After All: The case of Covid-enhanced and ‘Elon’-shielded phobophobia
Image credit: Alamy
Our columnist, writing before the latest lockdown, finds some of the pandemic-related gadgets, apps and regulations frustrating and ineffective in equal measure.
Until very recently, of all 555 medically described phobias – from ailurophobia (fear of cats) through soceraphobia (fear of parents-in-law) to pantophobia (fear of everything) and phobophobia (fear of phobias themselves) – I used to suffer from just two: acrophobia (fear of heights) and aviaphobia (fear of flying). On board a plane in the pre-Covid-19 epoch, when people were still flying happily and in large numbers, those would often merge into one ‘acroaviaphobia’ (my own neologism).
That phobia was triggered in 1999, during a posting in the USA. While in Alaska, I was keen to do some Kodiak-bear watching, and so boarded a four-seat Cessna 206 hydroplane for a 40-minute flight to the shores of Fraser Lake in the depths of the bear-infested Alaskan wilderness. Apart from the pilot, there were two more passengers on board: a young honeymooning couple from Philadelphia.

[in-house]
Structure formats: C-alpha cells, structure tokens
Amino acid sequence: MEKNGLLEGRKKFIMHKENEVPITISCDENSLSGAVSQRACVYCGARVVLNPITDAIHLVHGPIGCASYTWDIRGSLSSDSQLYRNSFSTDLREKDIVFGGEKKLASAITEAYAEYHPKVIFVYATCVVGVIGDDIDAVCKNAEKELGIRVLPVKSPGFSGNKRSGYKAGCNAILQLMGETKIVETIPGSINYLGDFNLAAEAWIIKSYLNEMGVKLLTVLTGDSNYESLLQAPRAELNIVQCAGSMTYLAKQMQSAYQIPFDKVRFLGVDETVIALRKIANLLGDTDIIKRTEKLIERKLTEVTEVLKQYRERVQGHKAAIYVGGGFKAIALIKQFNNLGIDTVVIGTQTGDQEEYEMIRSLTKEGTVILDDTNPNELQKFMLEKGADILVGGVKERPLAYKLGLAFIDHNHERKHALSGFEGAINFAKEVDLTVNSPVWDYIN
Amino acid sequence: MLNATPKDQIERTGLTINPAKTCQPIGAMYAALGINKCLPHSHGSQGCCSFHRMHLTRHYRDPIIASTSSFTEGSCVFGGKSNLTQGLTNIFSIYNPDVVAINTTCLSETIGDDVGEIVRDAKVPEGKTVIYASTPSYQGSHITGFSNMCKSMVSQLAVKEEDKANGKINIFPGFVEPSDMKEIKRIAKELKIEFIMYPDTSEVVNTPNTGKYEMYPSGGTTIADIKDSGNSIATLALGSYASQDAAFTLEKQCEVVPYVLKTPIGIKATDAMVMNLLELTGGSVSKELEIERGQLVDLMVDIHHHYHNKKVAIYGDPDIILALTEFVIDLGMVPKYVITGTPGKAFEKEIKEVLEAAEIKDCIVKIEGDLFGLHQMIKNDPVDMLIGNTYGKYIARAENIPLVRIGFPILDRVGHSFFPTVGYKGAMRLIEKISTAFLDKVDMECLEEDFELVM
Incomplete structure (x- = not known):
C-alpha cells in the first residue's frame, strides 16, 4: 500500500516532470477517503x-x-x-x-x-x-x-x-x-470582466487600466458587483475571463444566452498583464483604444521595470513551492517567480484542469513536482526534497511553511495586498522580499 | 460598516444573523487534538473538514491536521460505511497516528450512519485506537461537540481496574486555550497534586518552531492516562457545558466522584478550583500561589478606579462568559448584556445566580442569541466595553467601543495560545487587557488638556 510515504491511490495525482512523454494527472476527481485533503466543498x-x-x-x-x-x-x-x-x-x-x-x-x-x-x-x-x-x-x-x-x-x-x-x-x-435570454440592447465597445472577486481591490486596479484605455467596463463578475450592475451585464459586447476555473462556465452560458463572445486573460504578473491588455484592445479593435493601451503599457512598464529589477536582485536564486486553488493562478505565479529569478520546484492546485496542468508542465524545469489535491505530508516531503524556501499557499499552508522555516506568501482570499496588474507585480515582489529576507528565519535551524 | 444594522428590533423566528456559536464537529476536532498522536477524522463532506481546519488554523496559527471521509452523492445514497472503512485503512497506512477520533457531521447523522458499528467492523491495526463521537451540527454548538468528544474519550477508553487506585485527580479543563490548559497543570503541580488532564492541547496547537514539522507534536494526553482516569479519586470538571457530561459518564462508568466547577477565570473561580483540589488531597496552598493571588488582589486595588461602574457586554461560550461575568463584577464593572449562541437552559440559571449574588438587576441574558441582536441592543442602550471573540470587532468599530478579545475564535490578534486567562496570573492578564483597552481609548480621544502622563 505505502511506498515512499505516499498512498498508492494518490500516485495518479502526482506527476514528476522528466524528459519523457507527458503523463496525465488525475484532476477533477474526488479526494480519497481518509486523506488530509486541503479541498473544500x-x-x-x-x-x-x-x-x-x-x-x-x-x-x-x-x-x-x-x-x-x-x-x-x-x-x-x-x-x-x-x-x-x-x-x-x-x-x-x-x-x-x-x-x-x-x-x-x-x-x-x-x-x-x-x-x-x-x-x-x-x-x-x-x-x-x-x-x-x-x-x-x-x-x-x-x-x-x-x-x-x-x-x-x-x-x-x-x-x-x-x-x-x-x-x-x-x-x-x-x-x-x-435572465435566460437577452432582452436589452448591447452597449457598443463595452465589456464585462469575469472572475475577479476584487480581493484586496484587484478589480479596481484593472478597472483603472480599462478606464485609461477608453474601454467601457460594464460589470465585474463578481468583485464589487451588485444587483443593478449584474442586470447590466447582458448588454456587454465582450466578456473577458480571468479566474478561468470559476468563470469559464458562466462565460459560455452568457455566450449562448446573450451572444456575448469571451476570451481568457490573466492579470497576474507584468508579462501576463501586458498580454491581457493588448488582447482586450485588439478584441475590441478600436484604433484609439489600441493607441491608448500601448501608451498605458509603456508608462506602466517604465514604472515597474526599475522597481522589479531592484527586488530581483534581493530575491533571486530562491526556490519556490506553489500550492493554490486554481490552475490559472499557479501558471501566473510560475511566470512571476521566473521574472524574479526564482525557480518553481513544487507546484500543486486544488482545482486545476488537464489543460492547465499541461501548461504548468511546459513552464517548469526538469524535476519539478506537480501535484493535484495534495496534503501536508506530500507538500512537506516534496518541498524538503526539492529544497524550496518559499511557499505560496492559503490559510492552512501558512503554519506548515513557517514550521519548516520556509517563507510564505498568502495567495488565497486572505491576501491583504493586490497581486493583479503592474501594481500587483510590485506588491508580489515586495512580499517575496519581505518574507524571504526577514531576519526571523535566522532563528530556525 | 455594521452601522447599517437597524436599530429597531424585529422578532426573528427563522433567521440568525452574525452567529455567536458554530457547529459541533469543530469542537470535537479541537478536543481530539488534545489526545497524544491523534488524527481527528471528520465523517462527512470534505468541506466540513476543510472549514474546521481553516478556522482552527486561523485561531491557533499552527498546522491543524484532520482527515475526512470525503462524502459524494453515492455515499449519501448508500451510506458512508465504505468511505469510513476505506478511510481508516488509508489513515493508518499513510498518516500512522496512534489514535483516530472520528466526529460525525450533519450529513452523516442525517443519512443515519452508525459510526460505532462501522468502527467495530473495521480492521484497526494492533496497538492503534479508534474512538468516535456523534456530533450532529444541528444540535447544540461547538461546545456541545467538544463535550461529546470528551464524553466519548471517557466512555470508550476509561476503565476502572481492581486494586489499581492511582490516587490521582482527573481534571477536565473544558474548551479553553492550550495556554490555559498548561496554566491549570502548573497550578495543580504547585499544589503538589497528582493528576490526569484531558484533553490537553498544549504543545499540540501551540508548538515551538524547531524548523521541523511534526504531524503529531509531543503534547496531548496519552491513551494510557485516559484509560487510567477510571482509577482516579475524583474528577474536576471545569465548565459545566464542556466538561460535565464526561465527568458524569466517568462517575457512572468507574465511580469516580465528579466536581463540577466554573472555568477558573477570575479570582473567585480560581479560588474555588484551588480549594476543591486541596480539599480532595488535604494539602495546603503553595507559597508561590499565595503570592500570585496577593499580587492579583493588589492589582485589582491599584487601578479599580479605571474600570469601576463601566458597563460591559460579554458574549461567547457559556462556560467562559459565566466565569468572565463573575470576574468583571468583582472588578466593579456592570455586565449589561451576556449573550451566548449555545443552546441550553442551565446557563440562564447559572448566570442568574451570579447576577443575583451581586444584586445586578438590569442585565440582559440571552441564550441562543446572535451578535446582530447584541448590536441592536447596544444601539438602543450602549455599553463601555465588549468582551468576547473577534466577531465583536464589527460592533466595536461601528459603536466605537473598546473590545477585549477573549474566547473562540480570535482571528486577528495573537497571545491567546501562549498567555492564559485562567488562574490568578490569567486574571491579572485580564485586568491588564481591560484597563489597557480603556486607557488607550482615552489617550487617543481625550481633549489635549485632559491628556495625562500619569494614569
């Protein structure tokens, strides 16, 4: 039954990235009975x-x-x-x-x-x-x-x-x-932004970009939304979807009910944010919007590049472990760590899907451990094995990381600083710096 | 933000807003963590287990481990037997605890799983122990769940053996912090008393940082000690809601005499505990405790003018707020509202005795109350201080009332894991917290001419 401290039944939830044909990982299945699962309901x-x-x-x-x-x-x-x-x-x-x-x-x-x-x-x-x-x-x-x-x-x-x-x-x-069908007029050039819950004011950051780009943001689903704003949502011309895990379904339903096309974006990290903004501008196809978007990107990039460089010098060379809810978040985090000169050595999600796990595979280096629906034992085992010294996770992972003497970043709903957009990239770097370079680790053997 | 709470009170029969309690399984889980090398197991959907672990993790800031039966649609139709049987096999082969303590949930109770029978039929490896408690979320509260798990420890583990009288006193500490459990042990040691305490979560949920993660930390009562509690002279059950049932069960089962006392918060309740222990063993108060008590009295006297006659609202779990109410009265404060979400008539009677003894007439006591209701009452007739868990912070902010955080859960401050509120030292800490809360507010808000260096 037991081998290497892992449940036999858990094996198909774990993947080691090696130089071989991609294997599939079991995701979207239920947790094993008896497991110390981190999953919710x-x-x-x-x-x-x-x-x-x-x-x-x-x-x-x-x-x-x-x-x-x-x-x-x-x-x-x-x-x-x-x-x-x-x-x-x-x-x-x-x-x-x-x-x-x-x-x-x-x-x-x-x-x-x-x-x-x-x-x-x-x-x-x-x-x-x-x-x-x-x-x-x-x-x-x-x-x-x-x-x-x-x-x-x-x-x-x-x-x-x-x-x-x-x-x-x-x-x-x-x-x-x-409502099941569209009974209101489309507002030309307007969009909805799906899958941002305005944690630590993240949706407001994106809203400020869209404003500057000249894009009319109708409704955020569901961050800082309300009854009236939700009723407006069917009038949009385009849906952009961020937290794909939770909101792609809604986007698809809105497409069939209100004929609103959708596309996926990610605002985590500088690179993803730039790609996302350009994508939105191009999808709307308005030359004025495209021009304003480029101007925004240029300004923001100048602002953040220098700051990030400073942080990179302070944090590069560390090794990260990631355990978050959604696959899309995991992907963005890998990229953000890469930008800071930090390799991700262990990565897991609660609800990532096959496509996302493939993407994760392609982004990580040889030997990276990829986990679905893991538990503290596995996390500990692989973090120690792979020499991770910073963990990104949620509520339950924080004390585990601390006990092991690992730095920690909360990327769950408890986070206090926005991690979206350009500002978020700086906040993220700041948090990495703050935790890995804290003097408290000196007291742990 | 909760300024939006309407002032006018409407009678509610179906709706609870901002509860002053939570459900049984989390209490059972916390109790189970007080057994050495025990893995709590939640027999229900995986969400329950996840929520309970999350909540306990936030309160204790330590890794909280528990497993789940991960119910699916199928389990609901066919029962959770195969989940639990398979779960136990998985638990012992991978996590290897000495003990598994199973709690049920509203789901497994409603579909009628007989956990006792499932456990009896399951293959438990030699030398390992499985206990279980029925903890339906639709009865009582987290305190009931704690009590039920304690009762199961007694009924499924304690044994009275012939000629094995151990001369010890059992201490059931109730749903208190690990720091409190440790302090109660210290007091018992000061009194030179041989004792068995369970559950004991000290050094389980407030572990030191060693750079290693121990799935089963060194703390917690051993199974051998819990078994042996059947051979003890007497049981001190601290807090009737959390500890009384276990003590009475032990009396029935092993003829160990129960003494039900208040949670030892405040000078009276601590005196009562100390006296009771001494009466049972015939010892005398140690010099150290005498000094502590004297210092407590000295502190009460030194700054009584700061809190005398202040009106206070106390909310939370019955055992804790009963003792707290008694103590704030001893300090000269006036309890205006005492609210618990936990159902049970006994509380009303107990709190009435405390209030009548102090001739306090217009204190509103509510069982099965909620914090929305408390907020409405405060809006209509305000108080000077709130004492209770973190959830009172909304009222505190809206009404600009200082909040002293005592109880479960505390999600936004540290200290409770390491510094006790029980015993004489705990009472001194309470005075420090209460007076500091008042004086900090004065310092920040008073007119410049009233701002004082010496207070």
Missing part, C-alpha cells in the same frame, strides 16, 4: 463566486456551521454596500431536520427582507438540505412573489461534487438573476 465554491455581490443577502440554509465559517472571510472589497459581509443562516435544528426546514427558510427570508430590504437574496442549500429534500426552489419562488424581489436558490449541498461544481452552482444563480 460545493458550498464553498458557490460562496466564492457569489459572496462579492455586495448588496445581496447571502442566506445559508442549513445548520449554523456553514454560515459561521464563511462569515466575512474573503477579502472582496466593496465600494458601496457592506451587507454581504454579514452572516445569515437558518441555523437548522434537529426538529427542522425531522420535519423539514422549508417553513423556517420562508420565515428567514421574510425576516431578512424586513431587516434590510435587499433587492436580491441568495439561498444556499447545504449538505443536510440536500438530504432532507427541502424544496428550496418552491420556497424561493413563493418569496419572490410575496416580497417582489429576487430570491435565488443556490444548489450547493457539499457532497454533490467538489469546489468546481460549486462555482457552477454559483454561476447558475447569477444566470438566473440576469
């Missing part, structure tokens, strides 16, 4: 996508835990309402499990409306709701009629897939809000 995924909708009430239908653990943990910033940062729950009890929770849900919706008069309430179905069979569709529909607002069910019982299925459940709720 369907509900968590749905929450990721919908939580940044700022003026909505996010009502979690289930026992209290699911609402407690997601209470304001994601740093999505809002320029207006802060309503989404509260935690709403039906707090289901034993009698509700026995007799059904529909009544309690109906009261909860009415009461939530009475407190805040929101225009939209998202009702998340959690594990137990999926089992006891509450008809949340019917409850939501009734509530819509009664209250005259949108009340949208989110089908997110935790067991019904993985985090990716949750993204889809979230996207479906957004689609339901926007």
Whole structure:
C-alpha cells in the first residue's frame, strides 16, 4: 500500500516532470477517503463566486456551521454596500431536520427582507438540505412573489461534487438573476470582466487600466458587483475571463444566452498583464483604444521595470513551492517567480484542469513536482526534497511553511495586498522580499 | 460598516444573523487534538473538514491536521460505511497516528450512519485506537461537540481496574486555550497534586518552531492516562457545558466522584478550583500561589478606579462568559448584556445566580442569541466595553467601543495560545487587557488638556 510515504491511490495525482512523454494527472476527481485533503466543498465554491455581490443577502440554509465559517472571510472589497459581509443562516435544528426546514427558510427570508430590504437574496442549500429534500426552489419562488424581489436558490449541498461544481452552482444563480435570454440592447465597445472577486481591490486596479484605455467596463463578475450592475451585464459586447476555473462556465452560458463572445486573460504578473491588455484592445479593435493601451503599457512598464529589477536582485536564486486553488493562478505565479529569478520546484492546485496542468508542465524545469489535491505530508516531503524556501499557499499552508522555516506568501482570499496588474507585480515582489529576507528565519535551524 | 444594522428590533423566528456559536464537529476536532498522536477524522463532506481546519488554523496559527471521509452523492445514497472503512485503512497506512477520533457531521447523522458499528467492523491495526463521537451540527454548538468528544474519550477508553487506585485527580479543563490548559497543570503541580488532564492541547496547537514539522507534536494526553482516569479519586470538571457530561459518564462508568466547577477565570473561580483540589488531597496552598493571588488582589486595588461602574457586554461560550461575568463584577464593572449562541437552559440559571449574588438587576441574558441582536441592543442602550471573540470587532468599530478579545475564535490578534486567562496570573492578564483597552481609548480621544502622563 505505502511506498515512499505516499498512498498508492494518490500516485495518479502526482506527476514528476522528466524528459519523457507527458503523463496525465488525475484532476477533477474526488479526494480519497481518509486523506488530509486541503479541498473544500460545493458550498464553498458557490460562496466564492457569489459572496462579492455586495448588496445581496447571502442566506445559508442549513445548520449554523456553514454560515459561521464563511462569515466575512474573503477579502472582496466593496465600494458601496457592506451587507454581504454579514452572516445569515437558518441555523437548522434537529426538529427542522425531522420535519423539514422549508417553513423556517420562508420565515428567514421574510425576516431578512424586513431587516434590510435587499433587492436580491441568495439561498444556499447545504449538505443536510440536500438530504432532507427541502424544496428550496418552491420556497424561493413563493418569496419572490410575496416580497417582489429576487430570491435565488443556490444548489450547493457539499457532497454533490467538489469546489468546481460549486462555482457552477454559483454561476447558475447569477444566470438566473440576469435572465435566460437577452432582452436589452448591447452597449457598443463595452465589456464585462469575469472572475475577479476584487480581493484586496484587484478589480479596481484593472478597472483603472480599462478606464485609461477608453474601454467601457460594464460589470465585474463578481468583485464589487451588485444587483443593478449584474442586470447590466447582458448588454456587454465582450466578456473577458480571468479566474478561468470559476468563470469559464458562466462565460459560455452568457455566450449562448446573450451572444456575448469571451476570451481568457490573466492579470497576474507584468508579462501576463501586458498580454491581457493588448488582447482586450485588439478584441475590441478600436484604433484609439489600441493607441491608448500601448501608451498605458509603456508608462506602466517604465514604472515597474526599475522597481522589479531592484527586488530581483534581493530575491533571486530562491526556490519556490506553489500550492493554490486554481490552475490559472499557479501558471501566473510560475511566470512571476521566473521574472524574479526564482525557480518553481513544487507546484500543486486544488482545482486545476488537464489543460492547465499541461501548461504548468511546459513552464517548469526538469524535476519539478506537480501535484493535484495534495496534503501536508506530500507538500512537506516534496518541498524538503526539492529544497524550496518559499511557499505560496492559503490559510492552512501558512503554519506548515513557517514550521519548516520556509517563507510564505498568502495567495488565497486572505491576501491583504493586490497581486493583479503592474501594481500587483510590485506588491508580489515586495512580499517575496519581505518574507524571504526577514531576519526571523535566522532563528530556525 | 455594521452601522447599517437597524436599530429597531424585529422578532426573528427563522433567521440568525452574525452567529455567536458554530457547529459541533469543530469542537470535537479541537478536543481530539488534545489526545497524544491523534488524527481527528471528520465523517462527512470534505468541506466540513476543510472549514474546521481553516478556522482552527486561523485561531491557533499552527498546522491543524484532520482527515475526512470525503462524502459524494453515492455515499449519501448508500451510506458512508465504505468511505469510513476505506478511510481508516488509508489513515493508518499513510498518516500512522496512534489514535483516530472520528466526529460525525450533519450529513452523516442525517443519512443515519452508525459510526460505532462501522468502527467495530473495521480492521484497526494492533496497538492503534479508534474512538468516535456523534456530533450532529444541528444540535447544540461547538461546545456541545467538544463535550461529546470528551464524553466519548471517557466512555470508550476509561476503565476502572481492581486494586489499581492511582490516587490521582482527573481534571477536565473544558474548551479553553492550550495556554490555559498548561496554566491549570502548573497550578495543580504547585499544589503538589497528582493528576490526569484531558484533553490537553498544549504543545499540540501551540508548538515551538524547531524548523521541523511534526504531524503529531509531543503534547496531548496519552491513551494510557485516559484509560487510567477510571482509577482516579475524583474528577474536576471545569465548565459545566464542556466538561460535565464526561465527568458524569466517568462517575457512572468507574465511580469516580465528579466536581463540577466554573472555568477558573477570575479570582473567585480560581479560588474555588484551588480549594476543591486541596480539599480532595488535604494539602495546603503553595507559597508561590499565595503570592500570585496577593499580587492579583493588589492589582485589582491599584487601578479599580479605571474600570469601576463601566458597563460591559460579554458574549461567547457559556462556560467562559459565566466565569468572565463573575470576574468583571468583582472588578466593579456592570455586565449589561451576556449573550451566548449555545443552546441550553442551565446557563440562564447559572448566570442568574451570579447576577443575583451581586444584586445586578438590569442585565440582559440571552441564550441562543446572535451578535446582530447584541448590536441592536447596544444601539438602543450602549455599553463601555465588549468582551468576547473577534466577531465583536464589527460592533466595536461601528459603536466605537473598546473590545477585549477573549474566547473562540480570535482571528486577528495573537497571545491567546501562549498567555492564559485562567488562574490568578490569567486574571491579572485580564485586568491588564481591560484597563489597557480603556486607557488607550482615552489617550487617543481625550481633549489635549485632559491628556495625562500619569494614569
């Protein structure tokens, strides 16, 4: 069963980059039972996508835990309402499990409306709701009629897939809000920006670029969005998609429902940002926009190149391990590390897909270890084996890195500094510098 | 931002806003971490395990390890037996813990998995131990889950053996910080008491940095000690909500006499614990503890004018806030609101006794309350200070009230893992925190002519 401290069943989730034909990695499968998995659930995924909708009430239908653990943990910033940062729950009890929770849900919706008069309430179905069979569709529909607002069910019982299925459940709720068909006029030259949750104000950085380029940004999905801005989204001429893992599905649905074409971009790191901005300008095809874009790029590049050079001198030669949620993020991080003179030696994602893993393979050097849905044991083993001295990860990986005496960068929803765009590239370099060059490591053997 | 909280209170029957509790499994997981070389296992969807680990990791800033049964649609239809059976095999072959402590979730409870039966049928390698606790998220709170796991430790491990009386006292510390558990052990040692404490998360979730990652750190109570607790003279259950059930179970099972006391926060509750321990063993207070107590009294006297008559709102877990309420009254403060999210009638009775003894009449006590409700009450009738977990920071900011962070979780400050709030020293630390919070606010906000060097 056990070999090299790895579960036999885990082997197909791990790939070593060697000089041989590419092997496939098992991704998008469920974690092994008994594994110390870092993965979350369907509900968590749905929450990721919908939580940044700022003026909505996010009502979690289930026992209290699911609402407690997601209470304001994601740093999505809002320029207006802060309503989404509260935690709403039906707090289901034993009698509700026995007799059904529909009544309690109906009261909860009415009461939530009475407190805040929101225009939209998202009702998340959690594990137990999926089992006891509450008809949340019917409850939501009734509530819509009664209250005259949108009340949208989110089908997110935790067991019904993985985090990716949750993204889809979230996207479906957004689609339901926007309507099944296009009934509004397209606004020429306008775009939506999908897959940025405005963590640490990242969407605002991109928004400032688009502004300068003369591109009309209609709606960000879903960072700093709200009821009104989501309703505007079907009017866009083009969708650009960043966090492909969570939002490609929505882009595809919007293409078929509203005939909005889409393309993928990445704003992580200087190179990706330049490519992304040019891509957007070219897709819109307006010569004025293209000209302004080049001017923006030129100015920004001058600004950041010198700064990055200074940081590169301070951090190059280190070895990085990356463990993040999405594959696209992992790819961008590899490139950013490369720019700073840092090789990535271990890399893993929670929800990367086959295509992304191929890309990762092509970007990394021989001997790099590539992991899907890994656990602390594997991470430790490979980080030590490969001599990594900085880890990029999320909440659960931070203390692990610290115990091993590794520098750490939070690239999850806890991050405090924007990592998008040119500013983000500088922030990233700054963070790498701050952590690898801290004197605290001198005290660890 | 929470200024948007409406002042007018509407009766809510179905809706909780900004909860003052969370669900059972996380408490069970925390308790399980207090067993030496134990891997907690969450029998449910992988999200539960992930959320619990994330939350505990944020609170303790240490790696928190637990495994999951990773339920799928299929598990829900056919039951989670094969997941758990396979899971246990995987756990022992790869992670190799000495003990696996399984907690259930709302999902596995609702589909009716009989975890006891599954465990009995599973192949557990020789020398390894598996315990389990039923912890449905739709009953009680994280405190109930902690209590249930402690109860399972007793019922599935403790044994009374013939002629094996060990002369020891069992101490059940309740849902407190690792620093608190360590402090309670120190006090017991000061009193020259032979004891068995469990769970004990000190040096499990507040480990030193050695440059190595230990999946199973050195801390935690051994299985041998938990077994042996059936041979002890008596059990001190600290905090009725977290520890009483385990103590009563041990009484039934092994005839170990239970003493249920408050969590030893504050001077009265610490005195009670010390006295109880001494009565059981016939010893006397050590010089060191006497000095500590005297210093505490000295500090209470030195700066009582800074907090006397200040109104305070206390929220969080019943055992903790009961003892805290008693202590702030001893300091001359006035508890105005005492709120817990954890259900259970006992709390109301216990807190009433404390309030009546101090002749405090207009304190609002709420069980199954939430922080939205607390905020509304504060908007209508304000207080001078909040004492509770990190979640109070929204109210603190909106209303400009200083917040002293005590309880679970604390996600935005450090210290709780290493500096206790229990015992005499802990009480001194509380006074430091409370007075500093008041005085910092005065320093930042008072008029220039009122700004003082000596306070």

“Can your hydroplane land on the ground?” the overexcited husband asked the pilot shortly after take-off.
“Yes, it can. But only once,” was the reply.
It was the best joke I had heard during all my travels in America. I was laughing so much I forgot to touch wood, and our Cessna came very close to a splashy crash when landing (‘watering’?) on the lake.
‘Acroaviaphobia’ aside, the arrival of Covid-19 brought about some brand new and, until recently, highly improbable fears.
The first is what I call ‘firstthinginthemorningradio-phobia’ (sorry for this lexicological monster). Yes, since the start of the pandemic, I get panicky about switching on my bedside digital radio each morning simply because the news oozing out of it is so relentlessly grim that it always makes me want to go back to sleep and never wake up again. Or, better, to pick up my compact DB radio and smash it against the wall.